Stopping the Evolved Ransomware
How do you defend against this newer, more powerful ransomware? Obviously, practical and pragmatic security awareness training is a first step, especially stressing the seriousness of the threat and how everyone needs to work together. But you can muster your defenses on other battlefronts.
Stopping Ransomware’s Primary Vectors
No matter how sophisticated the ransomware code, the infection still needs to get into your systems. It does this in three primary ways: (1) by phishing, one of the most common ways attackers breach organizations; (2) by gaining unauthorized access, either by guessing/stealing login credentials or by entering through a trusted third-party access; and (3) by exploiting known vulnerabilities where it can load the ransomware. Our advice here is to:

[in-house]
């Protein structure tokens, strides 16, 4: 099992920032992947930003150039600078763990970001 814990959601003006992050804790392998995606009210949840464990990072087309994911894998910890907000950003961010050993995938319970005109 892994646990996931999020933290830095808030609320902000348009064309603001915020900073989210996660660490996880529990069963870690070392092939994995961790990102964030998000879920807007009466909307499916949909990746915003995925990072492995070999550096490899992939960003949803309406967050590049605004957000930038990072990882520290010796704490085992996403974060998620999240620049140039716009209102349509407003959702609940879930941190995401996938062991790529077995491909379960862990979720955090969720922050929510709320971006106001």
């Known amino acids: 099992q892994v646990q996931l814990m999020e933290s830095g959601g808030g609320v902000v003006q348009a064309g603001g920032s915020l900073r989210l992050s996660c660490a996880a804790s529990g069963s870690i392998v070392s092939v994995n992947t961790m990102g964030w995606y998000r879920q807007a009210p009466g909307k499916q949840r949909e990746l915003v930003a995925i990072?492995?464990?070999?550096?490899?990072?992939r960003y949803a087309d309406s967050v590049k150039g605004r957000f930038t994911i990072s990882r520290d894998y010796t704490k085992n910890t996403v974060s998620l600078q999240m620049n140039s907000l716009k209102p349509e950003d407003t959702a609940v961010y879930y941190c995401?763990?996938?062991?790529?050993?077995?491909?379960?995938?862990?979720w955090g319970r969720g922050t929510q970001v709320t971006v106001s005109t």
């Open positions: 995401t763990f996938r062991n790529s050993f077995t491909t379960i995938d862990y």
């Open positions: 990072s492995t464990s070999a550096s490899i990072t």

Once ransomware gets into your systems, which is likely in organizations with large attack surfaces, you need to set up defenses in depth. We know that the ransomware will target your domain controllers, so harden and patch them. If attackers are going to try to “live off the land,” then restrict tools like PowerShell, Nltest, PsExec, McpCmdRun, and WMic via Group Policies. In general, only system administrators and power users should need this access anyway.
Restrict open internal file shares, especially ones with wide-open permissions, such as Authenticated Users, which means everyone in the organization has access. If ransomware infects any user’s machine, it’s safe to assume everything in those shares is going to be encrypted and/or leaked. If feasible, remove or disable outdated versions of Server Message Block (SMB), which most ransomware can easily subvert.
Reducing the Impact of Ransomware